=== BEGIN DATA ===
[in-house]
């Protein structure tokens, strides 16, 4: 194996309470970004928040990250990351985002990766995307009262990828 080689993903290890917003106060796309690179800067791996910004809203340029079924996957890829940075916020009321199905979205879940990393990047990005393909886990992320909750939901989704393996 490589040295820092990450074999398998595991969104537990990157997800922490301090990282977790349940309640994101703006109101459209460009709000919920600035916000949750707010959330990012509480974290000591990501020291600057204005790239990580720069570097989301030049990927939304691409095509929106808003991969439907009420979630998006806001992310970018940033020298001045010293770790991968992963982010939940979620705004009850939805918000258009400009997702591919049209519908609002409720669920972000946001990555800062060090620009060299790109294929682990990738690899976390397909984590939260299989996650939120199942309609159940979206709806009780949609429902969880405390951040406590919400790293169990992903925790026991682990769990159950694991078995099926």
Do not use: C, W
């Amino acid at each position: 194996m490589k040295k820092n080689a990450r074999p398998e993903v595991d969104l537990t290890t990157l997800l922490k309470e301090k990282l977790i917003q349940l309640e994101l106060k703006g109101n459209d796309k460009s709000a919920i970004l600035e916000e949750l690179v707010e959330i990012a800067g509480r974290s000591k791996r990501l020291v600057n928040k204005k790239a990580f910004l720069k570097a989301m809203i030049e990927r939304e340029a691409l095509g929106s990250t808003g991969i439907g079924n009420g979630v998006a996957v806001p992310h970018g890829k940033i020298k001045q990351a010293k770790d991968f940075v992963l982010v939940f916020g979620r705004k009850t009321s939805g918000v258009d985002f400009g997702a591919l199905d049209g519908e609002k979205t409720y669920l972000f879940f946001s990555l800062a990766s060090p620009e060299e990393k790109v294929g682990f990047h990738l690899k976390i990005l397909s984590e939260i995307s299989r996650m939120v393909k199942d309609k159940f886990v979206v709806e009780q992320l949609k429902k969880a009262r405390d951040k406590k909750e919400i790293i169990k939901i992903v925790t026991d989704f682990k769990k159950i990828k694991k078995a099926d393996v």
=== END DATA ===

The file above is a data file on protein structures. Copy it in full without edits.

[in-house]
């Protein structure tokens, strides 16, 4: 194996309470970004928040990250990351985002990766995307009262990828 080689993903290890917003106060796309690179800067791996910004809203340029079924996957890829940075916020009321199905979205879940990393990047990005393909886990992320909750939901989704393996 490589040295820092990450074999398998595991969104537990990157997800922490301090990282977790349940309640994101703006109101459209460009709000919920600035916000949750707010959330990012509480974290000591990501020291600057204005790239990580720069570097989301030049990927939304691409095509929106808003991969439907009420979630998006806001992310970018940033020298001045010293770790991968992963982010939940979620705004009850939805918000258009400009997702591919049209519908609002409720669920972000946001990555800062060090620009060299790109294929682990990738690899976390397909984590939260299989996650939120199942309609159940979206709806009780949609429902969880405390951040406590919400790293169990992903925790026991682990769990159950694991078995099926």
Do not use: C, W
């Amino acid at each position: 194996m490589k040295k820092n080689a990450r074999p398998e993903v595991d969104l537990t290890t990157l997800l922490k309470e301090k990282l977790i917003q349940l309640e994101l106060k703006g109101n459209d796309k460009s709000a919920i970004l600035e916000e949750l690179v707010e959330i990012a800067g509480r974290s000591k791996r990501l020291v600057n928040k204005k790239a990580f910004l720069k570097a989301m809203i030049e990927r939304e340029a691409l095509g929106s990250t808003g991969i439907g079924n009420g979630v998006a996957v806001p992310h970018g890829k940033i020298k001045q990351a010293k770790d991968f940075v992963l982010v939940f916020g979620r705004k009850t009321s939805g918000v258009d985002f400009g997702a591919l199905d049209g519908e609002k979205t409720y669920l972000f879940f946001s990555l800062a990766s060090p620009e060299e990393k790109v294929g682990f990047h990738l690899k976390i990005l397909s984590e939260i995307s299989r996650m939120v393909k199942d309609k159940f886990v979206v709806e009780q992320l949609k429902k969880a009262r405390d951040k406590k909750e919400i790293i169990k939901i992903v925790t026991d989704f682990k769990k159950i990828k694991k078995a099926d393996v």